One of the perks of my role as TNW’s Midwest editor is that I am afforded the opportunity to speak with scores of entrepreneurs from the region. Every startup hub has its own personality, and I’ve become fond of the mentality of Chicago and the surrounding lands.

Max Yoder, founder of Quipol, is a good example of the sort of person that I have become accustomed to meeting. Instead of being filled with hype, he’s honest. Instead of dodging difficult questions, he’s direct. Spend any time in the Bay Area and Yoder is a blast of fresh air, compared to the standard fare of that region.

He’s building something called Quipol, which is a combination polling and commenting system. It has essentially no customization options, but executes its core features at a high level. Commenting on websites has never been fully figured out. Any system that becomes popular falls prey to spam, and those that are more ‘closed,’ to prevent such problems, become barren with limited user interaction.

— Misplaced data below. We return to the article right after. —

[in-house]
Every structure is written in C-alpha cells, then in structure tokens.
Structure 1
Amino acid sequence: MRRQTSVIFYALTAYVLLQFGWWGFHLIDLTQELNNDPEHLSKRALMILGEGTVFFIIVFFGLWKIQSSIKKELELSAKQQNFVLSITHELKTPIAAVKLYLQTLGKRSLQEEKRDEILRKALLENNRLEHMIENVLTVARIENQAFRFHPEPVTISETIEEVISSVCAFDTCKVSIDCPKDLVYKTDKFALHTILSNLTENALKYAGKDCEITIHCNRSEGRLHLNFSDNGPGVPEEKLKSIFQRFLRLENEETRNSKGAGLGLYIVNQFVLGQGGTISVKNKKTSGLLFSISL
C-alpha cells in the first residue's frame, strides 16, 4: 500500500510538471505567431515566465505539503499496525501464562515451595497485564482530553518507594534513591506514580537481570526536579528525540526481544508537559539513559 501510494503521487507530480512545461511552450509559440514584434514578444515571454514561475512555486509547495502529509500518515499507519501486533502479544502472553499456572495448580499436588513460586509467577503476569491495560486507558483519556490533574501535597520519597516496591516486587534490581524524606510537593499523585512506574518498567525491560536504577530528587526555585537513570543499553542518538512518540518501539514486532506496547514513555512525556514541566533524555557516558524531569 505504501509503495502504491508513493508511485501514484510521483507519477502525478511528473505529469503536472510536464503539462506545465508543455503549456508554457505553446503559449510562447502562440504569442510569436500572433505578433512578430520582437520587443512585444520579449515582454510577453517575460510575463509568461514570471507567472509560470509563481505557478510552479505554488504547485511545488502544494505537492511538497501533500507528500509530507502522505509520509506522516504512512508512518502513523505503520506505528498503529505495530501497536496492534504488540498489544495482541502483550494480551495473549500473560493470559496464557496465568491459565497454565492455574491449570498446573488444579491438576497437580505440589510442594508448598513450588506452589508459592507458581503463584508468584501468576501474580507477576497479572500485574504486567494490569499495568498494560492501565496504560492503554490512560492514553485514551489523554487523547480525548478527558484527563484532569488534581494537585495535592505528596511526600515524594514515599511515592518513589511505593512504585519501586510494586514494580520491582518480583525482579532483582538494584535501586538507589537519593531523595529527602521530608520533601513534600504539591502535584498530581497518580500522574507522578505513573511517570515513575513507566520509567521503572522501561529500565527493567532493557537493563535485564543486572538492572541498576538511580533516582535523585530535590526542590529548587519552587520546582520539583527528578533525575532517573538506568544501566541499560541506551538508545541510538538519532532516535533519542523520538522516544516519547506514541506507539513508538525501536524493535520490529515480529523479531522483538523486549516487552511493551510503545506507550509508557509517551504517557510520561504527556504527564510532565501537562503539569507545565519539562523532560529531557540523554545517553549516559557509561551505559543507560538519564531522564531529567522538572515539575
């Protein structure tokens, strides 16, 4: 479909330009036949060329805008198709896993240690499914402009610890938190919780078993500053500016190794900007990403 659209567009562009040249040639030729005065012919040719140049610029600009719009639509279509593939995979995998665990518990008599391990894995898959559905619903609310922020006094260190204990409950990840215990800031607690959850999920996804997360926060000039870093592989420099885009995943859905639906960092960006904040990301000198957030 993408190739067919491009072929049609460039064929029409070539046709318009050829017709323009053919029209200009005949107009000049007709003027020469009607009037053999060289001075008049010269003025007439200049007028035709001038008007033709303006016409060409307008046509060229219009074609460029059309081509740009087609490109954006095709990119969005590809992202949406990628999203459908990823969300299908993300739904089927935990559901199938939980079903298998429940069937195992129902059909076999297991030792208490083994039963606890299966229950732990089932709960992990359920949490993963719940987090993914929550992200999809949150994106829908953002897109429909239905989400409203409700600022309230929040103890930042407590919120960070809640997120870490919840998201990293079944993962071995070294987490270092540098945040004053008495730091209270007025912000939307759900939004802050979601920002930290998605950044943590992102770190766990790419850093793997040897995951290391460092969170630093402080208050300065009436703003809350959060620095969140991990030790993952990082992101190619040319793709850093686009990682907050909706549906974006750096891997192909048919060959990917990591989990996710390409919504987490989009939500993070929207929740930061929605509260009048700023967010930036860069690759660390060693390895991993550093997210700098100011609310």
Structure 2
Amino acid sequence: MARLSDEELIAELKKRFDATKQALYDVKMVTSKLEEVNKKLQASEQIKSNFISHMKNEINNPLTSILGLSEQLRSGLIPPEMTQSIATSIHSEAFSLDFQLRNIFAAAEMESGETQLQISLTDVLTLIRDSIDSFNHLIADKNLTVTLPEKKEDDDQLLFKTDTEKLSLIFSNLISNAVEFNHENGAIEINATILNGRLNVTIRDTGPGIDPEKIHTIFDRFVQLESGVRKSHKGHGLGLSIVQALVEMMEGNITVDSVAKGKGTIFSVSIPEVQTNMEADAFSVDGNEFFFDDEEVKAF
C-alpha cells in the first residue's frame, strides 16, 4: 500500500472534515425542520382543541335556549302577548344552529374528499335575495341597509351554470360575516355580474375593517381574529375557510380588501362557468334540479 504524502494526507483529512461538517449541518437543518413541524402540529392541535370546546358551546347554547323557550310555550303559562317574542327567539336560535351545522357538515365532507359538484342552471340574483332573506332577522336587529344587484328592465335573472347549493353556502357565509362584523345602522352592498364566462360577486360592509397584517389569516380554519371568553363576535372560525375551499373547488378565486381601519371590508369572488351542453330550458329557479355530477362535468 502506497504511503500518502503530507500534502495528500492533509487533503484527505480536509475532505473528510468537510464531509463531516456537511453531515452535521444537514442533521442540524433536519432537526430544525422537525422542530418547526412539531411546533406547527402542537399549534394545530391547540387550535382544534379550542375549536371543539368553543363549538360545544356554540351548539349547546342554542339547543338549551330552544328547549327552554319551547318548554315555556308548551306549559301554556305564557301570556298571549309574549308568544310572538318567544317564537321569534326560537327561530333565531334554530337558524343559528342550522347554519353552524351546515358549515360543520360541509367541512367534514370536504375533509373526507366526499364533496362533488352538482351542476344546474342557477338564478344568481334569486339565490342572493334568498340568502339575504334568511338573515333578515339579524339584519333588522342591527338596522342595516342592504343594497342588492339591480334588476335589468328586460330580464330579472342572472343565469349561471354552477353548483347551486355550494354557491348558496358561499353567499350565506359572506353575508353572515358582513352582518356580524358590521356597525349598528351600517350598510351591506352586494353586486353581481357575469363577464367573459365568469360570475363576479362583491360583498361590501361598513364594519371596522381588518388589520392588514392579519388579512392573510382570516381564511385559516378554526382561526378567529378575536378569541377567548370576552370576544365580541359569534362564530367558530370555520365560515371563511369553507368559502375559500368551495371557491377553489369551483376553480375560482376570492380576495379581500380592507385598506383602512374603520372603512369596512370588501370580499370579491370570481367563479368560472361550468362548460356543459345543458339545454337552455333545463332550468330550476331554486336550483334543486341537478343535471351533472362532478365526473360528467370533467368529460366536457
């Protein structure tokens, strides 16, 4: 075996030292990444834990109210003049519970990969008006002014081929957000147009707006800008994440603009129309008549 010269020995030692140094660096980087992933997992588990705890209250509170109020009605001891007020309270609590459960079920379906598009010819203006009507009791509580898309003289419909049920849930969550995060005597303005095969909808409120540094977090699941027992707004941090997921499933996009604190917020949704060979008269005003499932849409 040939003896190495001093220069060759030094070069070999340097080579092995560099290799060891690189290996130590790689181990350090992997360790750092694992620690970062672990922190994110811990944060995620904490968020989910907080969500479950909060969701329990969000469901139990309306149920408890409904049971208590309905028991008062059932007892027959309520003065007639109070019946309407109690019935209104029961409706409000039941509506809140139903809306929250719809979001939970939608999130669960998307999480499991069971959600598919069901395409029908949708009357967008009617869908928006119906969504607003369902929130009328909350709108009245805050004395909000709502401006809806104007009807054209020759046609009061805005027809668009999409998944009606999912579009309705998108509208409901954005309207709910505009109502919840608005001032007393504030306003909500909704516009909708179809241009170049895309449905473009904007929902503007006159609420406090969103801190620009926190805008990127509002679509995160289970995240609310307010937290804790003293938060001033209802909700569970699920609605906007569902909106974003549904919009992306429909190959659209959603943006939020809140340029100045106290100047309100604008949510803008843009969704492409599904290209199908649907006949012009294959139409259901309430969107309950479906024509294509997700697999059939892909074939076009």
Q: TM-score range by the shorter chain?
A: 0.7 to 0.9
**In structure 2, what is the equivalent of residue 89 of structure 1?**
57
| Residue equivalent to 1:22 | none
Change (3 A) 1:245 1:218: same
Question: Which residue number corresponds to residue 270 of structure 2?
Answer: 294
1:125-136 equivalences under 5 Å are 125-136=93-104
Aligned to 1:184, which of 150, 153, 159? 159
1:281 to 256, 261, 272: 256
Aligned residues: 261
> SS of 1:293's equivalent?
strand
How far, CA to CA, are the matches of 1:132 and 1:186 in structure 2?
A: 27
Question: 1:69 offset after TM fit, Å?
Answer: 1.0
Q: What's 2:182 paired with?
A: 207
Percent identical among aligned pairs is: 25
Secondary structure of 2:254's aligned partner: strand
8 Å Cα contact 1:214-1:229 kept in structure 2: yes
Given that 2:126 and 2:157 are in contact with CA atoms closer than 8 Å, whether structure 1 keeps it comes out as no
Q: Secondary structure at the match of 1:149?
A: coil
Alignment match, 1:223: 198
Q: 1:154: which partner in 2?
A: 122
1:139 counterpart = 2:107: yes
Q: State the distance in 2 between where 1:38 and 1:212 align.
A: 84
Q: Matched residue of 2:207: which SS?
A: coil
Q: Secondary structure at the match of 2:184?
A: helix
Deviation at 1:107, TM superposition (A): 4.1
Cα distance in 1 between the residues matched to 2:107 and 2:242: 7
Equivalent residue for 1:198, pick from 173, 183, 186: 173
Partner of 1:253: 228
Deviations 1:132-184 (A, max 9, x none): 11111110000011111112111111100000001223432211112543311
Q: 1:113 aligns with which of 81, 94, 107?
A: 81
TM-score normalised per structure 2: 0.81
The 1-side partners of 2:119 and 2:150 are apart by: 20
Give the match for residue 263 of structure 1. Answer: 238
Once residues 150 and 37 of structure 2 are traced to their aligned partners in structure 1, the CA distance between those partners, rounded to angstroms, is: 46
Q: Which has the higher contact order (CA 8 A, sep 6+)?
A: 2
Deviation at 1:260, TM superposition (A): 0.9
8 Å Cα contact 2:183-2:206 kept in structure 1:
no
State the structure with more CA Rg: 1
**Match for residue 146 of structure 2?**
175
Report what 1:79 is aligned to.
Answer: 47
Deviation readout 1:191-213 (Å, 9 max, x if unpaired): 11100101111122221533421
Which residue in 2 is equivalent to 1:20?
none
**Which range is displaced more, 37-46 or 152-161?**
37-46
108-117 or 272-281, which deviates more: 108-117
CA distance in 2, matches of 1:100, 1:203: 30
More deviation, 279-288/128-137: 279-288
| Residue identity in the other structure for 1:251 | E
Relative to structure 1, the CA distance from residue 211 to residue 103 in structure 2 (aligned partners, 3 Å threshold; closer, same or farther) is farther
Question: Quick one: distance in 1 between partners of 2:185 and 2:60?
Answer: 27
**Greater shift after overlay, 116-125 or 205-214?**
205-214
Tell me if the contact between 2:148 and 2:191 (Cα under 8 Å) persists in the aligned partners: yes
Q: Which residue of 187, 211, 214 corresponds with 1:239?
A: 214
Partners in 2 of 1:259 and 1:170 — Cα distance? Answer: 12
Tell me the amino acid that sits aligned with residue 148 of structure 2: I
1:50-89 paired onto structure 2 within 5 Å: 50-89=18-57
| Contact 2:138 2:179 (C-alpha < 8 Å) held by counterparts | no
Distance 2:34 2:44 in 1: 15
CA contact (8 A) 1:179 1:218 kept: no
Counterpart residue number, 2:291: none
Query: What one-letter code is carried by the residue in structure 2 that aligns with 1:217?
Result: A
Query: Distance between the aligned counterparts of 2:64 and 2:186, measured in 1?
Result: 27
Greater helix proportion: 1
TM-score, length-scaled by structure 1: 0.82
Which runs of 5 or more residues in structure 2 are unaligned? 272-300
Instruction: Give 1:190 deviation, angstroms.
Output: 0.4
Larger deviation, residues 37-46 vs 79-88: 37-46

Quipol, linking in Facebook and Twitter accounts, offers quick ‘yay or nay’ voting, which snags users’ attention, and then provides them the option to comment. As they are already logged in, the friction to comment is lowered. In testing I found it to be a more than functional system.

Why does Quipol offer nearly no customization? In talks, Yoder said that he is letting the first users of the product drive its next steps. Launched only two weeks ago, the company is still charting its course forward. To answer the usual questions, Quipol is bootstrapped, and isn’t looking to monetize until it decides what features to build next, and which might best fit into a freemium model. It’s early, in other words. But as Quipol is bootstrapped, it can afford to wait on revenue, as it is running quite lean.

Quipol is a product that we liked when we saw, and are interested in seeing where it goes next. To make this more fun, vote in the Quipol below:

Quipol